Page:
The UMass Industrial Hemp Research Initiative is a student-led initiative with recognition as a Student Project in Sustainable Food and Farming.
Our University is among one of the top agricultural and sustainable universities in the United States and the World; and therefore, we believe we should be growing and researching Industrial Hemp. Industrial Hemp is reviving as the sustainable link between agriculture and industry and is a sustainable source of fiber (ie. textiles, paper), fuel (i.e. biomass, biodiesel), medicine (ie. cannabinols), construction materials (ie. hempcrete, fiberglass replacement), and graphene (ie. super-capacitors). Industrial Hemp’s role in cutting edge research shows great potential for many departments across UMass.
This initiative is a great way to harness the existing and widespread student & faculty support for hemp research and give it a ‘home’ in this student-led project. Students & faculty here at UMass want to research hemp; however, the first major step is to help bring together those that are interested in growing and researching hemp and then collectively educating and advocating towards the goal of being able to make it a reality after many decades where it hasn’t been grown in Massachusetts.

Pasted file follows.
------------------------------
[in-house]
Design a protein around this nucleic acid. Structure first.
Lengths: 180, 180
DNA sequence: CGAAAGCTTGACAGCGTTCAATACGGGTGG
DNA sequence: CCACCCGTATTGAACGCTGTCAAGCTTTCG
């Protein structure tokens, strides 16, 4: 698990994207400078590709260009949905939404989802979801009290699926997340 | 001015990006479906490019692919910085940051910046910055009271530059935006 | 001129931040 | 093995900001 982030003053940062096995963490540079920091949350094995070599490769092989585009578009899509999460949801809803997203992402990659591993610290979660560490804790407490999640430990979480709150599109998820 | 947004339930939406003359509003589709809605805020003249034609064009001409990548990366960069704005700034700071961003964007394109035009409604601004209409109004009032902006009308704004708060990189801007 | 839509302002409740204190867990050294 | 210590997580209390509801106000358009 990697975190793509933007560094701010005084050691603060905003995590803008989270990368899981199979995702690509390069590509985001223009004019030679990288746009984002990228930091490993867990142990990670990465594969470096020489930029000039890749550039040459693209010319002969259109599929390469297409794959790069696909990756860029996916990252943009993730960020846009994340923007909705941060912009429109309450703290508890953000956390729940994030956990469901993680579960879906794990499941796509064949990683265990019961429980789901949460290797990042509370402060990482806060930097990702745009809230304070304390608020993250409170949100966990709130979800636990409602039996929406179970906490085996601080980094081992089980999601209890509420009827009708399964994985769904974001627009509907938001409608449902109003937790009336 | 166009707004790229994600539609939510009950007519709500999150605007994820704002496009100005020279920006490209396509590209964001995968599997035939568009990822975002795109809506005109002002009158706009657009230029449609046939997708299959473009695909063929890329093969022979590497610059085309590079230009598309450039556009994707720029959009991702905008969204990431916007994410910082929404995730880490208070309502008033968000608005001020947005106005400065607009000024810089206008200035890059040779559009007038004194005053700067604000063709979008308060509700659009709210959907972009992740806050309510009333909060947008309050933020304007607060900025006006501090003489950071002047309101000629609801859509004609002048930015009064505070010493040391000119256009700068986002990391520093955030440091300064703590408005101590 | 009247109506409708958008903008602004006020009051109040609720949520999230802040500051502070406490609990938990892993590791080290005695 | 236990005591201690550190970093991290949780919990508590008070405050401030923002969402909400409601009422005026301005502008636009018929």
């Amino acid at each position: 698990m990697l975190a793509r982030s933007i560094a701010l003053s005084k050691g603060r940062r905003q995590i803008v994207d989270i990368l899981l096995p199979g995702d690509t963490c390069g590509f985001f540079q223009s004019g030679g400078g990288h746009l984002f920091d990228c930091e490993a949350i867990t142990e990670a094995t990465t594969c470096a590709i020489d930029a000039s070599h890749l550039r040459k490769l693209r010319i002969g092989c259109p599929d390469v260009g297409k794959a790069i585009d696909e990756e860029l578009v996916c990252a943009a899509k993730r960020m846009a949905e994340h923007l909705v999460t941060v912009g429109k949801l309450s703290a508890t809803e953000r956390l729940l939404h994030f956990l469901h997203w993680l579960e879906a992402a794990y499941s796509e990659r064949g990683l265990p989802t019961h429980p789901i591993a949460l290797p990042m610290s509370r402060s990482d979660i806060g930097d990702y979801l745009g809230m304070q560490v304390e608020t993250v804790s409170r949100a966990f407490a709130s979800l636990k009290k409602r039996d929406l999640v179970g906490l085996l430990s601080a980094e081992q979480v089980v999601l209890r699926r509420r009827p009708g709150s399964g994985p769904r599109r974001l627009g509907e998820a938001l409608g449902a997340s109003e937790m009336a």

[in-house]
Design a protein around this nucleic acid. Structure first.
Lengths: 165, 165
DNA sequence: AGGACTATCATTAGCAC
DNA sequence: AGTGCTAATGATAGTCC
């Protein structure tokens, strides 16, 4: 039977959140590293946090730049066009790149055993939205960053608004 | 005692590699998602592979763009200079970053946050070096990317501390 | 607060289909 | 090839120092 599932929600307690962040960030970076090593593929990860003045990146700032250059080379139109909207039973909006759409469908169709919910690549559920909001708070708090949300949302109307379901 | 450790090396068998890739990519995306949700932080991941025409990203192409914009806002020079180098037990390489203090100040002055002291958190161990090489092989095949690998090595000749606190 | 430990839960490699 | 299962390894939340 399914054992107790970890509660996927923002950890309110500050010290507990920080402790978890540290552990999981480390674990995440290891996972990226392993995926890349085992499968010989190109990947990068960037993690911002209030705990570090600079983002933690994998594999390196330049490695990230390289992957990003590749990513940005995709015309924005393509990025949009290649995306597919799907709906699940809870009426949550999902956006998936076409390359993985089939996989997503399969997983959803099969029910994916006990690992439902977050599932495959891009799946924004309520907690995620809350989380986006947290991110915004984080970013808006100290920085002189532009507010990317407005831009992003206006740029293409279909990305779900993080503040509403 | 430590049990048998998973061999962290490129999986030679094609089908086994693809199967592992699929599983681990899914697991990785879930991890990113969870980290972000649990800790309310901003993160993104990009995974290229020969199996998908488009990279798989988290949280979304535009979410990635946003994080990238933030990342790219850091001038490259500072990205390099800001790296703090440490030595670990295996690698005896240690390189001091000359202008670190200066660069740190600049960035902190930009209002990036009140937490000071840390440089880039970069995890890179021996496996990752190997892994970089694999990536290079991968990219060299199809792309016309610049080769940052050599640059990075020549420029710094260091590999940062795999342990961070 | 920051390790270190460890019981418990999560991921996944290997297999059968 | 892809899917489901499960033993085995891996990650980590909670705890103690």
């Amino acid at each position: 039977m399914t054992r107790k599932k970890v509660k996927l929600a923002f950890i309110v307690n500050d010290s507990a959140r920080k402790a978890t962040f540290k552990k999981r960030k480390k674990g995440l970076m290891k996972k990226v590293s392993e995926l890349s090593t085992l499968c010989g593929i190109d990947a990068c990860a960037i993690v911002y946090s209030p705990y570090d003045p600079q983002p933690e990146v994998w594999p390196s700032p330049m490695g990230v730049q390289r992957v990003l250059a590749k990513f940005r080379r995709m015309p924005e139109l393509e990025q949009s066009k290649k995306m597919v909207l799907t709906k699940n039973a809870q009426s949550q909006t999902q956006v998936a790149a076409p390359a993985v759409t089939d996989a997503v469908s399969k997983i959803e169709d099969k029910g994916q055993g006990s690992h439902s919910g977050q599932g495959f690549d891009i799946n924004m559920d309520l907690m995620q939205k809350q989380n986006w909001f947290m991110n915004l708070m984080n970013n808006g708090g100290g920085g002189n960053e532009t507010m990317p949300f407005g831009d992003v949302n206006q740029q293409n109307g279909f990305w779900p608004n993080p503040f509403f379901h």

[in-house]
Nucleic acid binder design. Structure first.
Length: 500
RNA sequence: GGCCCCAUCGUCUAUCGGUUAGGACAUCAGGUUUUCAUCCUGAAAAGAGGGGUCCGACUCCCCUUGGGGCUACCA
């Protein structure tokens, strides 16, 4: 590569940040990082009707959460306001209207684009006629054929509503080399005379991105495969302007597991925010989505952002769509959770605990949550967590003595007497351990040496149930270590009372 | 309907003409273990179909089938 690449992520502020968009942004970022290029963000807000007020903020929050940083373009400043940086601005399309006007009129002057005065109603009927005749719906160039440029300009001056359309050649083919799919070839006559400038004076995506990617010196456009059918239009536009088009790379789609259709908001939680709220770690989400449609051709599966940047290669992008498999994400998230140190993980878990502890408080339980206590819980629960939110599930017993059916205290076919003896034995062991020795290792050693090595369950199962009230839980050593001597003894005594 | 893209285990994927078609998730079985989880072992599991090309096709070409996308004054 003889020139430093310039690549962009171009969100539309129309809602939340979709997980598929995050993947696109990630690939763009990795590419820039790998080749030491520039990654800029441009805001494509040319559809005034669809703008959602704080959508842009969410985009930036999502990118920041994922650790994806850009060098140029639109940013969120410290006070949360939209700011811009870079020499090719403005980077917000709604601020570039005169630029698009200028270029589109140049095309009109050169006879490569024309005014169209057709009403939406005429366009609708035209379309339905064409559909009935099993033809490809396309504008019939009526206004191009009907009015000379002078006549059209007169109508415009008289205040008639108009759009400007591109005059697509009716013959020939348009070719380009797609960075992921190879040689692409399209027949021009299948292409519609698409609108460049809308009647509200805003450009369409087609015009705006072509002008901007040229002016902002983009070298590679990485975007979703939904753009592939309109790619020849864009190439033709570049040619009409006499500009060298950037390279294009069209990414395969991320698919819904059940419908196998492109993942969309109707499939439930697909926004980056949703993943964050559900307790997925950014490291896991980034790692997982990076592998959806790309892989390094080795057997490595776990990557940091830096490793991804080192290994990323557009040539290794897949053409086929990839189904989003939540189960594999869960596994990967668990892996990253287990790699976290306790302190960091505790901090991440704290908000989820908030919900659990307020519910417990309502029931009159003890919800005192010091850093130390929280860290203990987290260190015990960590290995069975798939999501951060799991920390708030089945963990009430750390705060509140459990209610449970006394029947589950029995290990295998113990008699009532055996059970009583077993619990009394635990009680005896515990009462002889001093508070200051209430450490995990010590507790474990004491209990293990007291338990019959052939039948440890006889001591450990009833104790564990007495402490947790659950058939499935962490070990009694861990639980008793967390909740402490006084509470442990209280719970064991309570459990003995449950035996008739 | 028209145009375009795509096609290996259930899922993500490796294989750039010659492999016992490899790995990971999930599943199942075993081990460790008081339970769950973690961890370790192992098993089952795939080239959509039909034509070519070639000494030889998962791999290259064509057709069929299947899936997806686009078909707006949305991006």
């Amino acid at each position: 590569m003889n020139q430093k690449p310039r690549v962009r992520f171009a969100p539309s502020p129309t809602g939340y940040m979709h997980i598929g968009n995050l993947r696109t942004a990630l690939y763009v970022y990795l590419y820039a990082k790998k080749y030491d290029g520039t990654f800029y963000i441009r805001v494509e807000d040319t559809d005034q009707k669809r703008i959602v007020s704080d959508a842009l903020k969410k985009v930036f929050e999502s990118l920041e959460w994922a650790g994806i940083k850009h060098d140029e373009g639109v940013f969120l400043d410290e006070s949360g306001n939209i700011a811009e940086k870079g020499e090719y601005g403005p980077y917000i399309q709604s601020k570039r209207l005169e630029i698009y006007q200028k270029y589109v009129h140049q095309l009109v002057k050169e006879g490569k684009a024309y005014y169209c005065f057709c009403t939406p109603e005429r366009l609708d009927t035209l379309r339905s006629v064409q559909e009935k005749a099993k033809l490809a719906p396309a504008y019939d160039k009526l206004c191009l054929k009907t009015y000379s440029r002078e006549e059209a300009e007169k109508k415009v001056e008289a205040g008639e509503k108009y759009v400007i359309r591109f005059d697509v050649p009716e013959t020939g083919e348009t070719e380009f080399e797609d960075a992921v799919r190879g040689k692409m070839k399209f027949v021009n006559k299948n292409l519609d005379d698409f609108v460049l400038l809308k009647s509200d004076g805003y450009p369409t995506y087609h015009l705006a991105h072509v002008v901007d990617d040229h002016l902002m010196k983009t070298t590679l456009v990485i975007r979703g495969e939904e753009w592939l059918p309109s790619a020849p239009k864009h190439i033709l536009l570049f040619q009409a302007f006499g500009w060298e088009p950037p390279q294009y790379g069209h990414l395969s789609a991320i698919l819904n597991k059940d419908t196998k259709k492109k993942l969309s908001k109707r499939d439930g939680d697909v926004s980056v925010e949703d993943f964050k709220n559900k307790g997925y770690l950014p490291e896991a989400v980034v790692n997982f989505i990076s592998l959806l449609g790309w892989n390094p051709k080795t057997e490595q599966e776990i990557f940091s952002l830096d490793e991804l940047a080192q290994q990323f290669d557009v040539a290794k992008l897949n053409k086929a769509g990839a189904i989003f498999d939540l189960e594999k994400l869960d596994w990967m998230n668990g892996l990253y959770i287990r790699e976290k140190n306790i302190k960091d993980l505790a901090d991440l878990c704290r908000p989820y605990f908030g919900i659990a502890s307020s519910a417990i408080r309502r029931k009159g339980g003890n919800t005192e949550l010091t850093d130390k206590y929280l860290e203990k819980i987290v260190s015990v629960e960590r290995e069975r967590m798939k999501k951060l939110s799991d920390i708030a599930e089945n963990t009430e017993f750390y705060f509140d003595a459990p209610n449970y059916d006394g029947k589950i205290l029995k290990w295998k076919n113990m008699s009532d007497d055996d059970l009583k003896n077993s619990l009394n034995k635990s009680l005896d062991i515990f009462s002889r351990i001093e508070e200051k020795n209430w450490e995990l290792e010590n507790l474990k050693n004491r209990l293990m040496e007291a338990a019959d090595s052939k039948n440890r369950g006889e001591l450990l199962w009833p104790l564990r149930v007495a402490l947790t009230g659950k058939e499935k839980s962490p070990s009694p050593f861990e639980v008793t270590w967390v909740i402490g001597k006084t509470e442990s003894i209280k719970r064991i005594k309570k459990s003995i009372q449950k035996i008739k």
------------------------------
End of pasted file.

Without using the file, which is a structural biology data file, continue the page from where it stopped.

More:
If you are a constituent of the University of Massachusetts, please sign the petition (linked to in the main menu of this website) calling upon UMass to grow hemp for research and agricultural pilot programs.
Our initiative advocates for non-GMO hemp grown in the good ole sun & soil with emphasis on the regenerative organic practices aimed at increasing soil health and potentially sequestering carbon, mitigating the damage conventional agriculture has done to our shared planet.
This music video is a great way to learn about the history and potential of hemp in about 3min – check it out!
Here is a great short 12 minute documentary from Patagonia on why American Farmers should be allowed to harvest hemp.
Here is Masoud growing Kenaf at UMass back in 2011. This is similar to hemp and shows what it may be like when we first grow hemp here at UMass.